Structural and functional correlates of reaction time variability in a large sample of healthy adolescents and adolescents with ADHD symptoms
World Academy of Science, Engineering and Technology, International Journal of Psychological and Behavioral Sciences, 4, , 2017
Abstract: Reaction time (RT) variability on cognitive tasks provides the index of the efficiency of executive control processes (e.g. attention and inhibitory control) and is considered to be a hallmark of clinical disorders, such as attention-deficit disorder (ADHD). Increased RT variability is associated with structural and functional brain differences in children and adults with various clinical disorders, as well as poorer task performance accuracy. Furthermore, the strength of functional connectivity across various brain networks, such as the negative relationship between the task-negative default mode network and task-positive attentional networks, has been found to reflect differences in RT variability. Although RT variability may provide an index of attentional efficiency, as well as being a useful indicator of neurological impairment, the brain substrates associated with RT variability remain relatively poorly defined, particularly in a healthy sample. Method: Firstly, we used the intra-individual coefficient of variation (ICV) as an index of RT variability from “Go” responses on the Stop Signal Task. We then examined the functional and structural neural correlates of ICV in a large sample of 14-year old healthy adolescents (n=1719). Of these, a subset had elevated symptoms of ADHD (n=80) and was compared to a matched non-symptomatic control group (n=80). The relationship between brain activity during successful and unsuccessful inhibitions and gray matter volume were compared with the ICV. A mediation analysis was conducted to examine if specific brain regions mediated the relationship between ADHD symptoms and ICV. Lastly, we looked at functional connectivity across various brain networks and quantified both positive and negative correlations during “Go” responses on the Stop Signal Task. Results: The brain data revealed that higher ICV was associated with increased structural and functional brain activation in the precentral gyrus in the whole sample and in adolescents with ADHD symptoms. Lower ICV was associated with lower activation in the anterior cingulate cortex (ACC) and medial frontal gyrus in the whole sample and in the control group. Furthermore, our results indicated that activation in the precentral gyrus (Broadman Area 4) mediated the relationship between ADHD symptoms and behavioural ICV. Conclusion: This is the first study first to investigate the functional and structural correlates of ICV collectively in a large adolescent sample. Our findings demonstrate a concurrent increase in brain structure and function within task-active prefrontal networks as a function of increased RT variability. Furthermore, structural and functional brain activation patterns in the ACC, and medial frontal gyrus plays a role-optimizing top-down control in order to maintain task performance. Our results also evidenced clear differences in brain morphometry between adolescents with symptoms of ADHD but without clinical diagnosis and typically developing controls. Our findings shed light on specific functional and structural brain regions that are implicated in ICV and yield insights into effective cognitive control in healthy individuals and in clinical groups.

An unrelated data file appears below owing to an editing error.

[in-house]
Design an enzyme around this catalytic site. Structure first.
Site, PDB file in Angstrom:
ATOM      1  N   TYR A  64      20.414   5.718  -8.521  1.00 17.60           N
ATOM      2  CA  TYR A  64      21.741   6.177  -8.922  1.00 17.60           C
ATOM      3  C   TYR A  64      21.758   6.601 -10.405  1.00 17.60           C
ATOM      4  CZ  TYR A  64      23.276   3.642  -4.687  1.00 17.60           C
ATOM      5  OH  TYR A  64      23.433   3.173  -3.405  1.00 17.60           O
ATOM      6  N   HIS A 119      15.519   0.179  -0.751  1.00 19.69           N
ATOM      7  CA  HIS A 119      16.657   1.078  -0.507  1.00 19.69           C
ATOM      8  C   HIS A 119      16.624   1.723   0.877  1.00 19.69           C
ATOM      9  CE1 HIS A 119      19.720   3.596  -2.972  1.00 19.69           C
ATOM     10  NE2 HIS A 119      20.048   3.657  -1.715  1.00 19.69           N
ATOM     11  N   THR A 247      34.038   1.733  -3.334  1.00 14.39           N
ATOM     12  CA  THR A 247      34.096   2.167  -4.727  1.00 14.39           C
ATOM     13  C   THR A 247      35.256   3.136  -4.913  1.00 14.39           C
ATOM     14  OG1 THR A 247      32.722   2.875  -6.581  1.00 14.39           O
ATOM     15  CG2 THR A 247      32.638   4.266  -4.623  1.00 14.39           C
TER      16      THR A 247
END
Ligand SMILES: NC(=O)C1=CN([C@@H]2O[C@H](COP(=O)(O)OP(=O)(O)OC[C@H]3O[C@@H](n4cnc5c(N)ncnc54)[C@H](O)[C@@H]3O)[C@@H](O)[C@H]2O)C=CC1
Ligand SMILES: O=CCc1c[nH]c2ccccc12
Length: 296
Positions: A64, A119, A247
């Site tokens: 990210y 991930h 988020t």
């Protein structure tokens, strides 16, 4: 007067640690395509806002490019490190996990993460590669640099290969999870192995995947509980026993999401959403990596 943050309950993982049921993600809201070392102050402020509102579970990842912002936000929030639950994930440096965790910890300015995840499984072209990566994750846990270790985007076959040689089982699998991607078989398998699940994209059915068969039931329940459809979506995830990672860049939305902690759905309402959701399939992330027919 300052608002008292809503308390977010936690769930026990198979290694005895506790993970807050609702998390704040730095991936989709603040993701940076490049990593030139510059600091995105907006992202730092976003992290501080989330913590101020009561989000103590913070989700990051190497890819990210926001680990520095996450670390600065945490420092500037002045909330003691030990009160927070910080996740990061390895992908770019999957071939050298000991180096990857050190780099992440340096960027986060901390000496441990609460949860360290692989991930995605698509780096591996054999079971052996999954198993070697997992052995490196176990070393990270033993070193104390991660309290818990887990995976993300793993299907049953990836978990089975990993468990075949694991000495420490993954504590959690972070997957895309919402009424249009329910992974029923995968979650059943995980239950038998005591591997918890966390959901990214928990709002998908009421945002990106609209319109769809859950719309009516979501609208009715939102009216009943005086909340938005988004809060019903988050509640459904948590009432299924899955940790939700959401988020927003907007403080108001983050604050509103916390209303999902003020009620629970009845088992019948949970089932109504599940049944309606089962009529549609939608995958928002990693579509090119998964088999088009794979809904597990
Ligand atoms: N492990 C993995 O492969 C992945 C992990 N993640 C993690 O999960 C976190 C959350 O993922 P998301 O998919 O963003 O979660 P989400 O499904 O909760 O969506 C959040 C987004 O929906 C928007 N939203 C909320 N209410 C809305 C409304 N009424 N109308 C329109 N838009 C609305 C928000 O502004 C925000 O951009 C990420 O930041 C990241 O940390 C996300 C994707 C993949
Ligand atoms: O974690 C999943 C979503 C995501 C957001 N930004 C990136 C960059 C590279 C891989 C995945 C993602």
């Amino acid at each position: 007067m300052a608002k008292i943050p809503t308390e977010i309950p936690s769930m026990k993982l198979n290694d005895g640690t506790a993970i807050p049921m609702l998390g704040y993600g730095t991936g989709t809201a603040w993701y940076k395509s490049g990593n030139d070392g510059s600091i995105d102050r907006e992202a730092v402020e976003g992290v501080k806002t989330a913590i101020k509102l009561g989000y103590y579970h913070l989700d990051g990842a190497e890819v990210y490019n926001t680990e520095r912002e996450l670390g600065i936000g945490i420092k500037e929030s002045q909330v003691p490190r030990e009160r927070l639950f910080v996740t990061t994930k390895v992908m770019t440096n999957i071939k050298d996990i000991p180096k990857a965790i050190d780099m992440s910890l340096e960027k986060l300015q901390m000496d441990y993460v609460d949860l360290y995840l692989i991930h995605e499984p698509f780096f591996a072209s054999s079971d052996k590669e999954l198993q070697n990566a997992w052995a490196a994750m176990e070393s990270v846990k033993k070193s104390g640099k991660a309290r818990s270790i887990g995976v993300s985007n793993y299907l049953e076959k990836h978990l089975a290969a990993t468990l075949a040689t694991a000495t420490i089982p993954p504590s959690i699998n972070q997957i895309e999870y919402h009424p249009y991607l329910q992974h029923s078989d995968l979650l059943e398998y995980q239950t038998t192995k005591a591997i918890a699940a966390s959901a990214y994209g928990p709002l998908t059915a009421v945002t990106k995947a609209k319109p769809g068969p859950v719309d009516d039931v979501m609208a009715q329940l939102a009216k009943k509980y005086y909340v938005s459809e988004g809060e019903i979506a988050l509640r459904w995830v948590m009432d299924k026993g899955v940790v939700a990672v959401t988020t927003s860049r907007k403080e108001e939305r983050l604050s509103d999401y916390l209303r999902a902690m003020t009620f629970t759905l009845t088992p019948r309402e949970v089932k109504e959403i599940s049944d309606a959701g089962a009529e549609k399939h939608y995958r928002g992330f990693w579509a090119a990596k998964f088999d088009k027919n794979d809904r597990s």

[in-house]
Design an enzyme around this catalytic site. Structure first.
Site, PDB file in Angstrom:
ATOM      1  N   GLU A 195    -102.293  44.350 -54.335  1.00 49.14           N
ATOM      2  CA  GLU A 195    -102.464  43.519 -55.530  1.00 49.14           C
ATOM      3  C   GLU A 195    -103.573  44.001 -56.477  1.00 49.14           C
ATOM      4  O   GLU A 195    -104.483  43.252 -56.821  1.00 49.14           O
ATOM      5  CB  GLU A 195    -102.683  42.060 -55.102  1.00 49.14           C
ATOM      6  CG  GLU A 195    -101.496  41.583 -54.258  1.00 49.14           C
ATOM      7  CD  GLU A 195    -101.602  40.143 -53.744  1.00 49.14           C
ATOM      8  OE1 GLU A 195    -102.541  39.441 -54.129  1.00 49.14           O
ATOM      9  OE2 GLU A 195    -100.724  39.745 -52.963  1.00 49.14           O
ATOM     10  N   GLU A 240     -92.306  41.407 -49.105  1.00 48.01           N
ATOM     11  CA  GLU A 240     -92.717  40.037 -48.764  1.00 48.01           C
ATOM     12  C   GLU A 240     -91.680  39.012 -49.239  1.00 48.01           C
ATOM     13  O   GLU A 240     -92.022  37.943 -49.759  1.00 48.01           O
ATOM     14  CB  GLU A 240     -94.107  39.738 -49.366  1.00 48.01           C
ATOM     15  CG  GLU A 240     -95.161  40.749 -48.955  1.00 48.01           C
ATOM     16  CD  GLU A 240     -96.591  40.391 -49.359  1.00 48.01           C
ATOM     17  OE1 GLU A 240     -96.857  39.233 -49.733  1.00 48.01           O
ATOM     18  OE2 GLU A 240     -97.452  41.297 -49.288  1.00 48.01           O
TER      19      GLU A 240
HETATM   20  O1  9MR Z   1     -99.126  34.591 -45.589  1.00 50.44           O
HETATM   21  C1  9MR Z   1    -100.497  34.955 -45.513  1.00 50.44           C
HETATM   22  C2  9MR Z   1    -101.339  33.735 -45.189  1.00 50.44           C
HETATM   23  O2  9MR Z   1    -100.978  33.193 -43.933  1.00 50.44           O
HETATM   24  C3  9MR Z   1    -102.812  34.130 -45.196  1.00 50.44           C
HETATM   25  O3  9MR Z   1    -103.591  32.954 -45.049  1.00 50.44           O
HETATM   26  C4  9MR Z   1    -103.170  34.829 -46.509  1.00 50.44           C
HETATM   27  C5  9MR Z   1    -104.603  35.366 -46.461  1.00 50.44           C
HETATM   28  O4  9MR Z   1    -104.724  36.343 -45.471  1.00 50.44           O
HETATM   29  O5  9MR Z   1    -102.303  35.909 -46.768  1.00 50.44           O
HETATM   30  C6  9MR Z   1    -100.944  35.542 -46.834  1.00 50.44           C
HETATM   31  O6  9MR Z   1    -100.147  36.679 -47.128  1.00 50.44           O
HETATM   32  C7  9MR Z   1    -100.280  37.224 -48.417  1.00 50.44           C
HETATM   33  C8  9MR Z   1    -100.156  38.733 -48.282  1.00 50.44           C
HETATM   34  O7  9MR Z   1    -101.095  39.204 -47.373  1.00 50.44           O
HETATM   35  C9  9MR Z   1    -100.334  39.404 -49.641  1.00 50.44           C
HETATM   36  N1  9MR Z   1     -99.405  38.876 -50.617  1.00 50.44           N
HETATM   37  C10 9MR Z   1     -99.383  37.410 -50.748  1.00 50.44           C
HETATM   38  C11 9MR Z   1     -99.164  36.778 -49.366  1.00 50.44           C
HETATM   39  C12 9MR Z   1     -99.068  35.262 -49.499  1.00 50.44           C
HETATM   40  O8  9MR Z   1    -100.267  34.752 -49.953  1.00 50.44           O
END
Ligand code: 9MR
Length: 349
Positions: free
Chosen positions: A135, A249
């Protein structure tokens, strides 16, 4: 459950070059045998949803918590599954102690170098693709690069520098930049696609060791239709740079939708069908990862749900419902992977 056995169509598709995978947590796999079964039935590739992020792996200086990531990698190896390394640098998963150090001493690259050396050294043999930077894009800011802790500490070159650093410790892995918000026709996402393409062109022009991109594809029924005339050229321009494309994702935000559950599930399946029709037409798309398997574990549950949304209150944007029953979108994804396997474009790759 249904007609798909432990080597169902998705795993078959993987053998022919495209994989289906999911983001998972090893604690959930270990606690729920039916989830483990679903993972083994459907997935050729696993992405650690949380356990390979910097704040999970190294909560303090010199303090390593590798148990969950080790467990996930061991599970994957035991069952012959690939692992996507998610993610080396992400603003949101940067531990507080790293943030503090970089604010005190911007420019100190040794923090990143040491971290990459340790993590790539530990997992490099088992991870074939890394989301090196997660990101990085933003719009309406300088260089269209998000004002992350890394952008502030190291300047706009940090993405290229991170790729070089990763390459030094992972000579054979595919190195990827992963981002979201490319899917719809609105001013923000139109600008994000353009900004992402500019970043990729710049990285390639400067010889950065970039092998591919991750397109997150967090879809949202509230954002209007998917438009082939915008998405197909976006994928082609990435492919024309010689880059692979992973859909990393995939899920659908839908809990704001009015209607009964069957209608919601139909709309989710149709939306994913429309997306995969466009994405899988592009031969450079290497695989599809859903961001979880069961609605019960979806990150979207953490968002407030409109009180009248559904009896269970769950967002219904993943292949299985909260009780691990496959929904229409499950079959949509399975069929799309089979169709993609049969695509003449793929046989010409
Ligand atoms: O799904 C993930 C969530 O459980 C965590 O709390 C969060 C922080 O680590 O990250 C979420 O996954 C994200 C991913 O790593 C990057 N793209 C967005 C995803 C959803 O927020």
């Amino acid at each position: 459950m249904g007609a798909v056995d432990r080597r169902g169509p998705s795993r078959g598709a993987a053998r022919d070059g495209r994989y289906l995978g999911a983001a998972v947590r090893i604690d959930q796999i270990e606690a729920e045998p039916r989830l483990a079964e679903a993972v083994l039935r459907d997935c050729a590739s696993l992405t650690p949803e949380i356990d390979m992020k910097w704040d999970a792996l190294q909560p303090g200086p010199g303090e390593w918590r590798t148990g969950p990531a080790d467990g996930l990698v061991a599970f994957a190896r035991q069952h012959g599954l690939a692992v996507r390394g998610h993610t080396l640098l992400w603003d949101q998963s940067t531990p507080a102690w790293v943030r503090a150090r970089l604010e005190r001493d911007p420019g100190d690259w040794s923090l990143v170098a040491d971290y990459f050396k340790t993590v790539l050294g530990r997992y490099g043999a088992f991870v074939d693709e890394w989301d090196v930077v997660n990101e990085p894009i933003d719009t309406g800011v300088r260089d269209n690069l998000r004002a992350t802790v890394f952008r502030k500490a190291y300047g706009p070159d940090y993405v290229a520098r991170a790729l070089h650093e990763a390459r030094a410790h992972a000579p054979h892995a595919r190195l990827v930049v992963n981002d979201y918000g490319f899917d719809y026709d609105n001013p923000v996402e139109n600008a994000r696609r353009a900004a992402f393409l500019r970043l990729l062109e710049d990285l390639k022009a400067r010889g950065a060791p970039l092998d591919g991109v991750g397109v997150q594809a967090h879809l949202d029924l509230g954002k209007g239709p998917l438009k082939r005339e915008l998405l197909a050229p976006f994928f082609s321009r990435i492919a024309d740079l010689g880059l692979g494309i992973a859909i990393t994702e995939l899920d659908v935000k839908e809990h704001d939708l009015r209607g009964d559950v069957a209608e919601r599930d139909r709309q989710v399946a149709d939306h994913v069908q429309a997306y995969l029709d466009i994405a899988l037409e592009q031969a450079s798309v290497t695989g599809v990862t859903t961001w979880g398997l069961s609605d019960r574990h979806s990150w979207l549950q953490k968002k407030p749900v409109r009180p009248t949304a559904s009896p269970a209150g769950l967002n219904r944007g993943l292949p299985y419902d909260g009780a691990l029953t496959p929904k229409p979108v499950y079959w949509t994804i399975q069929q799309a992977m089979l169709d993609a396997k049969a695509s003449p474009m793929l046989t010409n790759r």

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Bongard's work focuses on understanding the general nature of cognition, regardless of whether it is found in humans, animals or robots. This unique approach focuses on the role that morphology and evolution plays in cognition. Addressing these questions has taken him into the fields of biology, psychology, engineering and computer science.
Danforth is an applied mathematician interested in modeling a variety of physical, biological, and social phenomenon. He has applied principles of chaos theory to improve weather forecasts as a member of the Mathematics and Climate Research Network, and developed a real-time remote sensor of global happiness using messages from Twitter: the Hedonometer. Danforth co-runs the Computational Story Lab with Peter Dodds, and helps run UVM's reading group on complexity.
Laurent studies the interaction of structure and dynamics. His research involves network theory, statistical physics and nonlinear dynamics along with their applications in epidemiology, ecology, biology, and sociology. Recent projects include comparing complex networks of different nature, the coevolution of human behavior and infectious diseases, understanding the role of forest shape in determining stability of tropical forests, as well as the impact of echo chambers in political discussions.
Hines' work broadly focuses on finding ways to make electric energy more reliable, more affordable, with less environmental impact. Particular topics of interest include understanding the mechanisms by which small problems in the power grid become large blackouts, identifying and mitigating the stresses caused by large amounts of electric vehicle charging, and quantifying the impact of high penetrations of wind/solar on electricity systems.
Bagrow's interests include: Complex Networks (community detection, social modeling and human dynamics, statistical phenomena, graph similarity and isomorphism), Statistical Physics (non-equilibrium methods, phase transitions, percolation, interacting particle systems, spin glasses), and Optimization(glassy techniques such as simulated/quantum annealing, (non-gradient) minimization of noisy objective functions).